Putin says daughter was part of ‘experiment’ as Russia approves Covid-19 vaccine


"I know that it works quite effectively, forms strong immunity, and I repeat, it has passed all the needed checks," said Russian President Vladimir Putin, as he chaired a meeting with members of the government via a teleconference call at the Novo-Ogaryovo state residence outside Moscow on August 11, 2020. (Photo: ALEXEY NIKOLSKY/SPUTNIK/AFP via Getty Images)
"I know that it works quite effectively, forms strong immunity, and I repeat, it has passed all the needed checks," said Russian President Vladimir Putin, as he chaired a meeting with members of the government via a teleconference call at the Novo-Ogaryovo state residence outside Moscow on August 11, 2020. (Photo: ALEXEY NIKOLSKY/SPUTNIK/AFP via Getty Images)

PRESIDENT Vladimir Putin said on Tuesday (11) that Russia had become the first country in the world to grant regulatory approval to a Covid-19 vaccine, after less than two months of human testing.

Reports said Moscow had already received requests from more than 20 countries for one billion doses of its newly-registered Covid-19 vaccine — named ‘Sputnik V’ for foreign markets, a reference to the world’s first satellite.

“This morning, for the first time in the world, a vaccine against the new coronavirus was registered” in Russia, Putin said during a televised video conference call with government ministers.

The development could pave the way for the mass inoculation of the Russian population, even as the country was in the final stage of clinical trials to test safety and efficacy.

The speed at which Russia is moving to roll out its vaccine highlights its determination to win the global race for an effective product, but has stirred concerns that it may be putting national prestige before sound science and safety.

Putin, however, said the vaccine, developed by Moscow’s Gamaleya Institute, was safe and that one of his daughters “took part in the experiment”.

He added that she had a slight temperature after a second injection, and “that’s all”.

“I know that it works quite effectively, forms strong immunity, and I repeat, it has passed all the needed checks,” said Putin.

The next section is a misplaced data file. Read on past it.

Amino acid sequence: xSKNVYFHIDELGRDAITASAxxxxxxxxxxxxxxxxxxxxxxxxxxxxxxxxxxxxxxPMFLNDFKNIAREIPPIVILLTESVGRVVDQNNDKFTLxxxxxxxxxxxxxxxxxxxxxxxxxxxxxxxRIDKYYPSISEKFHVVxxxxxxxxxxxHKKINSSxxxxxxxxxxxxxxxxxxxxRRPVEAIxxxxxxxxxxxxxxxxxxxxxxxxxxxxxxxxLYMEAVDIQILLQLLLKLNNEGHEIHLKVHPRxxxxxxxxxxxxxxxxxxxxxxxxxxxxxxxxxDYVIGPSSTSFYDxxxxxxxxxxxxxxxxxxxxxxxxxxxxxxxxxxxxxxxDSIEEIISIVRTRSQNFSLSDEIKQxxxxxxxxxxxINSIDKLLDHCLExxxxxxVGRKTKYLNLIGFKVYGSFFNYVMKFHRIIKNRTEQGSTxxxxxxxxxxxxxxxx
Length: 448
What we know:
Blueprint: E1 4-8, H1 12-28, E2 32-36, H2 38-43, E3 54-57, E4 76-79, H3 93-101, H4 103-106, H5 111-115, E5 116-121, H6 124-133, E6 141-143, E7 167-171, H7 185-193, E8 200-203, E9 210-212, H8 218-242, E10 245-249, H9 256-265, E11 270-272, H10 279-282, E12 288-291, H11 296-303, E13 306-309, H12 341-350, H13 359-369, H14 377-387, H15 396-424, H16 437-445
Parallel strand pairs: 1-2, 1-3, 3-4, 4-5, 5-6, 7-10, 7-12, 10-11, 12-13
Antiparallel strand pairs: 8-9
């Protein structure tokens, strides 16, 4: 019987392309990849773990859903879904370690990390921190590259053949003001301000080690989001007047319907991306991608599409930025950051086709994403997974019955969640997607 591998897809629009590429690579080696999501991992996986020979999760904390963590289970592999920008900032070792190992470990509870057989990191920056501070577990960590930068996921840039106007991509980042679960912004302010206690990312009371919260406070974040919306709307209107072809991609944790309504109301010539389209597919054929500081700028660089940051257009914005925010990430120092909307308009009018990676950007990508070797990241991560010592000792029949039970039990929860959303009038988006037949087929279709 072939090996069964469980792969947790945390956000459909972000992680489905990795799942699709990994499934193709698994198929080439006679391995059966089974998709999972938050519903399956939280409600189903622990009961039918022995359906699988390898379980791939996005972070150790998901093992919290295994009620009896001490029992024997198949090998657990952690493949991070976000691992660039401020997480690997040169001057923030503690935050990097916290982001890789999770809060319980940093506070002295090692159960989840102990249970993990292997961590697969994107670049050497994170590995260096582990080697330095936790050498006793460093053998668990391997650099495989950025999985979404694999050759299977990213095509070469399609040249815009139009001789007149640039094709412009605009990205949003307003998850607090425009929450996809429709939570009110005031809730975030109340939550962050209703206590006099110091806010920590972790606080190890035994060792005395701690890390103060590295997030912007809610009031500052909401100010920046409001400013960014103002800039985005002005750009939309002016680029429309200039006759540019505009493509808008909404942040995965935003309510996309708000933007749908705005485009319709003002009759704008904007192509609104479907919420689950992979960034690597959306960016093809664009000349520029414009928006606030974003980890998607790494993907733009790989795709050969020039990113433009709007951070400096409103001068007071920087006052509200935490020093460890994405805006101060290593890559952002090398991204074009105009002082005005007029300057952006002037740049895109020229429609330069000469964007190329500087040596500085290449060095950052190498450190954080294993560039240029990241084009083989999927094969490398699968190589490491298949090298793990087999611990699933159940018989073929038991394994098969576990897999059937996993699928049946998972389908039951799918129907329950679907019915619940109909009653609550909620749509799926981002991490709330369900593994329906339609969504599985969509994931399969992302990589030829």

“What counts most is for us to be able to ensure the unconditional safety of the use of this vaccine and its efficiency in the future. I hope that this will be accomplished.”

He said he hoped the country would soon start mass-producing the vaccine.

Tatyana Golikova, a deputy prime minister in charge of health issues, said officials “really hope that the vaccine can be produced in September, or even at the end of August or beginning of September”.

“The first category to be vaccinated will be medical personnel,” Russian news agencies quoted her as saying.

PHASE III TRIAL

The vaccine’s approval by the Russian health ministry comes before the start of a larger trial involving thousands of participants, commonly known as a Phase III trial.

Such trials, which require a certain rate of participants catching the virus to observe the vaccine’s effect, are normally considered essential precursors for a vaccine to receive regulatory approval.

The Moscow-based Association of Clinical Trials Organizations (ACTO), a trade body representing the world’s top drugmakers in Russia this week urged the health ministry to postpone approval until that final trial had been successfully completed.

In a letter to the ministry, it said there were high risks associated with registering a drug before that happened.

“It is during this phase that the main evidence of a vaccine’s efficacy is collected, as well as information on adverse reactions that could appear in certain groups of patients: people with weakened immunity, people with concomitant diseases and so forth,” it said.

Some international experts have also questioned the speed at which Russia approved its vaccine.

“Normally you need a large number of people to be tested before you approve a vaccine,” said Peter Kremsner from the University Hospital in Tuebingen, currently testing CureVac’s Covid-19 vaccine in clinical trials.

“In that respect, I think it’s reckless to do that (approve it) if lots of people haven’t already been tested.”

Duncan Matthews, a professor of intellectual property law at Queen Mary University of London, said news of a potential Covid-19 vaccine was to be welcomed, “but safety must be the priority”.

“The US Food and Drug Administration (FDA) and the European Medicines Agency (EMA) have fast-track approval procedures for emergency humanitarian use and we need to see evidence that Russia is adopting an equally prudent approach,” he said.

The World Health Organization (WHO) said it was “in close contact with Russian health authorities and discussions are ongoing with respect to possible WHO prequalification of the vaccine”.

Prequalification of any vaccine would include “rigorous review and assessment of all required safety and efficacy data”, spokesman Tarik Jasarevic told a UN briefing in Geneva.

More than 100 possible vaccines are being developed around the world to try to stop the Covid-19 pandemic. At least four are in final Phase III human trials, according to WHO data.